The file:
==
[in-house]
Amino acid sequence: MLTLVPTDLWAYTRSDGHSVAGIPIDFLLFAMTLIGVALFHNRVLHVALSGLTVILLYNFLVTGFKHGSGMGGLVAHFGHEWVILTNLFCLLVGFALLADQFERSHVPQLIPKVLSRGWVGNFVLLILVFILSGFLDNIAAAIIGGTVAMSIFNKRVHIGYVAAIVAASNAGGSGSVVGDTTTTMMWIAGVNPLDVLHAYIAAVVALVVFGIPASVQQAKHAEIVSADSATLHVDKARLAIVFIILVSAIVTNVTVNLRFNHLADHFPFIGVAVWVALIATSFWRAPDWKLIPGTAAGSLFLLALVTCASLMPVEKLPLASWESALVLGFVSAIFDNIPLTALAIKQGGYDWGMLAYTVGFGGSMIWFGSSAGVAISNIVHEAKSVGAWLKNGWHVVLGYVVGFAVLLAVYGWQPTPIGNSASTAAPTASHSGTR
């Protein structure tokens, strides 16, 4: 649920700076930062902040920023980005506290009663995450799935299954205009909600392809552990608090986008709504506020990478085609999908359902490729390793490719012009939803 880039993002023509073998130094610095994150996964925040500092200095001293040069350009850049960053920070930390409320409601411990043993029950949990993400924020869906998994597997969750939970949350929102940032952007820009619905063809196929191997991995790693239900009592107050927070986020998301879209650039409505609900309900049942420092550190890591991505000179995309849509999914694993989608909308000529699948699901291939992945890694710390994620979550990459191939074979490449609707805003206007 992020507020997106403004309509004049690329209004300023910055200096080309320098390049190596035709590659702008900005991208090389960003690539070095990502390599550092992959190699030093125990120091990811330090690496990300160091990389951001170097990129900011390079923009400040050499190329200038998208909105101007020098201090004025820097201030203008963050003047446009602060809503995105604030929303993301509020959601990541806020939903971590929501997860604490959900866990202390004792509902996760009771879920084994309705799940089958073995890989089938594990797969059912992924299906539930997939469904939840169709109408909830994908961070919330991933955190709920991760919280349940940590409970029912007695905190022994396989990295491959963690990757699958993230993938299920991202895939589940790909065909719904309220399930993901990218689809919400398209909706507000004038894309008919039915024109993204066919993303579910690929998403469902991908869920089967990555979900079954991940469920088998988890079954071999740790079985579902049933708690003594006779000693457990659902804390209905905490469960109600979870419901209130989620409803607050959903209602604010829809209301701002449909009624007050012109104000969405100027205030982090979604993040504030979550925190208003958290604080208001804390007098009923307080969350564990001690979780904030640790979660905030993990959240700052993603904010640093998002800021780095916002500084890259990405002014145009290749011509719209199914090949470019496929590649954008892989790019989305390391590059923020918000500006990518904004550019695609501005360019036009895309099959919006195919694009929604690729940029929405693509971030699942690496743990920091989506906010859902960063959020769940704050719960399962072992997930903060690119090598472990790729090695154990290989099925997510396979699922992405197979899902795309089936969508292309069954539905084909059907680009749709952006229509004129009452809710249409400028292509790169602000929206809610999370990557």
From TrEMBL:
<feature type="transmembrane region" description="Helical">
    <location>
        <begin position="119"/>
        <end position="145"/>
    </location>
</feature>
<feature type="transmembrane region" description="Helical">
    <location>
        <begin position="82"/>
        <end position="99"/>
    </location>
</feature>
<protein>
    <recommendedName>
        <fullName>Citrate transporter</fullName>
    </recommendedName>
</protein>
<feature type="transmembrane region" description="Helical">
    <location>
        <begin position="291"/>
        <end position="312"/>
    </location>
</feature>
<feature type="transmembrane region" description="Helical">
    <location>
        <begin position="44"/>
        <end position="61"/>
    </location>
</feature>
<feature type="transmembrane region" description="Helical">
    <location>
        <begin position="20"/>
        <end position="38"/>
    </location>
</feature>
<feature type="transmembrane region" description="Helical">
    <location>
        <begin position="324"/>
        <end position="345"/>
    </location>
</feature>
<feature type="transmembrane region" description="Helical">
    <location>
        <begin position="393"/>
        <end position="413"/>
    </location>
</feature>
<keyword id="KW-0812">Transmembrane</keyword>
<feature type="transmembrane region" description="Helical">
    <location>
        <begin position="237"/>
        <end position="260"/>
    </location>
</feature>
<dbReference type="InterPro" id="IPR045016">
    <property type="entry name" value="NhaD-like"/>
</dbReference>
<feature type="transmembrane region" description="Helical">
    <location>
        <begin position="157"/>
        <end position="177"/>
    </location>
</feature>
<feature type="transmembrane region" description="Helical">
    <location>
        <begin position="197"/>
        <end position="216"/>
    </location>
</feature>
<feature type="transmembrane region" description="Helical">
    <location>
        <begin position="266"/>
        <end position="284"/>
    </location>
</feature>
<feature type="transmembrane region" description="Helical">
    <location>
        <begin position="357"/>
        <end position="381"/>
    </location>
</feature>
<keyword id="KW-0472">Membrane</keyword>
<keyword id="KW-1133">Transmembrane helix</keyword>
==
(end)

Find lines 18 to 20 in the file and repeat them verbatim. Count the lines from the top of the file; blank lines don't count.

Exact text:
    <recommendedName>
        <fullName>Citrate transporter</fullName>
    </recommendedName>